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TVA responds to possibility of privatization

11:32 PM, Apr 10, 2013   |    comments
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Could the Tennessee Valley Authority be put up for sale?

The Obama administration's 2014 budget is calling for a strategic review of TVA, opening the possibility that the federally owned utility could be sold.

The section of the budget that discusses TVA says the utility's anticipated capital needs, which include expansion of nuclear power, are likely to quickly exceed the agency's $30 billion statutory cap on indebtedness.

The proposal reads, "Reducing or eliminating the Federal Government's role in programs such as TVA, which have achieved their original objectives and no longer require Federal participation, can help put the Nation on a sustainable fiscal path. Given TVA's debt constraints and the impact to the Federal deficit of its increasing capital expenditures, the Administration intends to undertake a strategic review of options for addressing TVA's financial situation, including the possible divestiture of TVA, in part or as a whole."

TVA officials seem to have been caught off guard by the budget proposal.  Board Chairman Bill Sansom issued a statement saying the utility doesn't know what options the review will consider.

TVA's Chief Financial Officer John Thomas also weighed in on what could happen if TVA were to be privatized.

"It could be like an investor owned utility that issues stock and then there'd be shareholders that we'd have to provide a return too," he said. "So, typically those are higher costs than what you would have with TVA."

U.S. Senator Lamar Alexander spoke out strongly against the proposal.

"This is one more bad idea in a budget full of bad ideas," Alexander said. "There is today no federal taxpayer subsidy for TVA, period. There is by law no federal taxpayer liability for TVA debt. And after deducting its debt, selling TVA would probably cost taxpayers money."

Alexander continued, "Finally, there is no assurance that selling TVA to a profit-making entity would reduce electric bills in the TN valley - which should be the overriding objective - and it could lead to higher electricity rates. While TVA management prefers a flexible debt cap, it has assured me that it can live within the current debt limit if necessary."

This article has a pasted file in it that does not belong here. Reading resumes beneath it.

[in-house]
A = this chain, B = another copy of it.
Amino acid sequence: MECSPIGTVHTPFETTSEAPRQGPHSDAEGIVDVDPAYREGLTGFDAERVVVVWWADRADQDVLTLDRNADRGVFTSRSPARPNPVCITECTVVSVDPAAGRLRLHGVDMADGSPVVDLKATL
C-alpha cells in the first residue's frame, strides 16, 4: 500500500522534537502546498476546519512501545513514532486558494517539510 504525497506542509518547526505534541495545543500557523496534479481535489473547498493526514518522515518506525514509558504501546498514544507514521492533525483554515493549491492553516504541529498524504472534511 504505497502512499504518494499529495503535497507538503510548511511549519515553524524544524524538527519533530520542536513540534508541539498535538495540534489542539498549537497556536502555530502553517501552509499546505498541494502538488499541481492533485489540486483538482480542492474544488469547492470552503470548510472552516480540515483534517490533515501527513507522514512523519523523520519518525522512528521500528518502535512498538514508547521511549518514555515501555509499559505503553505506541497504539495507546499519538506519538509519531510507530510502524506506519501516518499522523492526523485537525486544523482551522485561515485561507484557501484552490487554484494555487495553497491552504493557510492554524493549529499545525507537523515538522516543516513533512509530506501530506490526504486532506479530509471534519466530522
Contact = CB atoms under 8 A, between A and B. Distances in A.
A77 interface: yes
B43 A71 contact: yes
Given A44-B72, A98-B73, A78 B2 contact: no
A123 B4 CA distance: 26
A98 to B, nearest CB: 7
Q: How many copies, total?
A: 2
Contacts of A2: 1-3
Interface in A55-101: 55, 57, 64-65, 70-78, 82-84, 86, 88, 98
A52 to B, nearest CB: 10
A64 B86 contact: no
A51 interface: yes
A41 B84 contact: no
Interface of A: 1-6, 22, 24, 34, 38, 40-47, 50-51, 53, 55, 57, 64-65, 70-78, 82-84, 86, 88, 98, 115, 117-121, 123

Billy Stair, who worked for ORNL and Governor Ned McWherter's office, is knowledgeable on TVA issues.  He said this is not the first time a politician has brought up selling the company.

"When others come in from the outside [from East Tennessee], like Barry Goldwater in 1964 when he ran for president, or Ronald Reagan when he ran even in 1976, they say why shouldn't we sell this government enterprise," he said.

But, he said it would like take some time for most East Tennesseans to adapt to rapid change at TVA.

"There's virtually no one alive today in Tennessee who can remember a time without TVA," he said.

Obama administration budget proposal:

 

Since its creation in the 1930s during the Great Depression, the federally owned and operated Tennessee Valley Authority (TVA) has been producing low-cost electricity and managing natural resources for a large portion of the Southeastern United States. TVA's power service territory includes most of Tennessee and parts of Alabama, Georgia, Kentucky, Mississippi, North Carolina, and Virginia, covering 80,000 square miles and serving more than nine million people. TVA is a self-financing Government corporation, funding operations through electricity sales and bond financing. In order to meet its future capacity needs, fulfill its environmental responsibilities, and modernize its aging generation system, TVA's current capital investment plan includes
more than $25 billion of expenditures over the next 10 years. However, TVA's anticipated capital needs are likely to quickly exceed the agency's $30 billion statutory cap on indebtedness. Reducing or eliminating the Federal Government's role in programs such as TVA, which have achieved their original objectives and no longer require Federal participation, can help put the Nation on a sustainable fiscal path. Given TVA's debt constraints and the impact to the Federal deficit of its increasing capital expenditures, the Administration intends to undertake a strategic review of options for addressing TVA's financial situation, including the possible divestiture of TVA, in part or as a whole

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